Dr Laurence McCook
Science-based Management Applications
Pew Fellow in Marine Conservation
Manager, Ecosystem Health and Resilience,
Great Barrier Reef Marine Park Authority
The need for urgent action to protect coral reefs is now beyond question, at least within the scientific community. A key aspect of success in conservation lies in our ability to get better as we go, and learn from our mistakes and our successes- that is to adaptively manage. As we increase efforts, we need to ensure that we continually improve our effectiveness in slowing the global decline in reefs. This means accepting that we won’t get it right first time every time, and that we need to build on successful strategies and improve on unsuccessful ones. The scientific literature includes many critiques of marine conservation problems and mistakes, especially the literature on marine protected areas, but there’s a tendency to see the glass as half empty and throw up our hands. It’s really important to see the successes as well, the glass half full perspective, and to move onwards and upwards.
Around Australia, and internationally, efforts to improve the management of marine biodiversity are being hindered by perceptions that such efforts will have negative impacts on local communities, especially fishers. But available evidence suggests that well managed ecosystems can have far greater long-term economic and social benefits than over-exploited and unprotected systems.
The Great Barrier Reef provides a globally significant demonstration of the successes that can be achieved through carefully planned and implemented networks of marine reserves and ecosystem-based management.
In a recent paper, we reviewed the available evidence on the effects of the network of marine reserves on the Great Barrier Reef, a network which set the bar for spatial management in marine ecosystems. Key conclusions include:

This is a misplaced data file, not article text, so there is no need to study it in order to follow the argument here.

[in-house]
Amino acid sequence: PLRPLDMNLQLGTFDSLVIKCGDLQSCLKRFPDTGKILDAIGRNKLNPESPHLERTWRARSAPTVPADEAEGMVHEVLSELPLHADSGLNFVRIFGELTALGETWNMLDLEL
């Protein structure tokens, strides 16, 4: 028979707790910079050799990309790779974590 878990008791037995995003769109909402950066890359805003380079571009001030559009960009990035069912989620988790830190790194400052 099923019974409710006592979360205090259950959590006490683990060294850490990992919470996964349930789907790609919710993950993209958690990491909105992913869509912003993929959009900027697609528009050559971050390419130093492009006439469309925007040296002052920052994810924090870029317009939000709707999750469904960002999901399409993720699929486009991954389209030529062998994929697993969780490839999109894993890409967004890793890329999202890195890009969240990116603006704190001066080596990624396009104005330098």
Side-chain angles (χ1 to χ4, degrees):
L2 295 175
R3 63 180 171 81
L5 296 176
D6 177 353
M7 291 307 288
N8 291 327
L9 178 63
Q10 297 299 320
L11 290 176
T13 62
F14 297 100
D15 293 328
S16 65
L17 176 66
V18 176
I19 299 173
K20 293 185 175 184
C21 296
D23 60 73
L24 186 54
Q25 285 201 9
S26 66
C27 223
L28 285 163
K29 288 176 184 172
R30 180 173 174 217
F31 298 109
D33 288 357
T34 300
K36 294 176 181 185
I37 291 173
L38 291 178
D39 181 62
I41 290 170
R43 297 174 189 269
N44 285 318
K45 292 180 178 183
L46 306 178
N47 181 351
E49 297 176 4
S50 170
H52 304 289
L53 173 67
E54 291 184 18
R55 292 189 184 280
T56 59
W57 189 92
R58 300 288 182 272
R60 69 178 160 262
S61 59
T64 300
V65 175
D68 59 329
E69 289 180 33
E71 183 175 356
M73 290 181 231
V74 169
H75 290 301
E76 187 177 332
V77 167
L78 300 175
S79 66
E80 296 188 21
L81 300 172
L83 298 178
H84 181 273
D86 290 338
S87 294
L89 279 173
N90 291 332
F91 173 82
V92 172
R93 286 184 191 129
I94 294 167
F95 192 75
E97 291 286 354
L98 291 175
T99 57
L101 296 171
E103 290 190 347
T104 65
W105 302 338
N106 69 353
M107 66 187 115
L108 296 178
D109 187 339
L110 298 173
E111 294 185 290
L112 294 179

- “Overall, zoning of the GBR marine reserve network appears to be making major contributions to the protection of biodiversity, ecosystem resilience and social and economic values of the GBR Marine Park.” Importantly, there are likely benefits for fisheries, as well as biodiversity conservation.
- “The breadth and extent of benefits reflect very well on the scientific and engagement processes involved in the development and implementation of the 2004 Zoning Plan, especially the value of larger reserve size and high proportion of overall area in reserves to provide margins of error.”
- “Given the major threat posed by climate change, the expanded network of marine reserves provides a critical and cost-effective contribution to enhancing the resilience of the Great Barrier Reef.”
- A key new result is the demonstration that protected zones suffer less damage to corals from crown-of-thorns starfish. This is especially important since corals provide the very foundation of the reef, and are critical to the tourism industry.
- The paper shows significant benefits for fish populations within reserves, and probably for GBR-wide fish populations. There are benefits to sharks, dugong and turtles, although these groups remain at serious risk, and require complementary protection measures.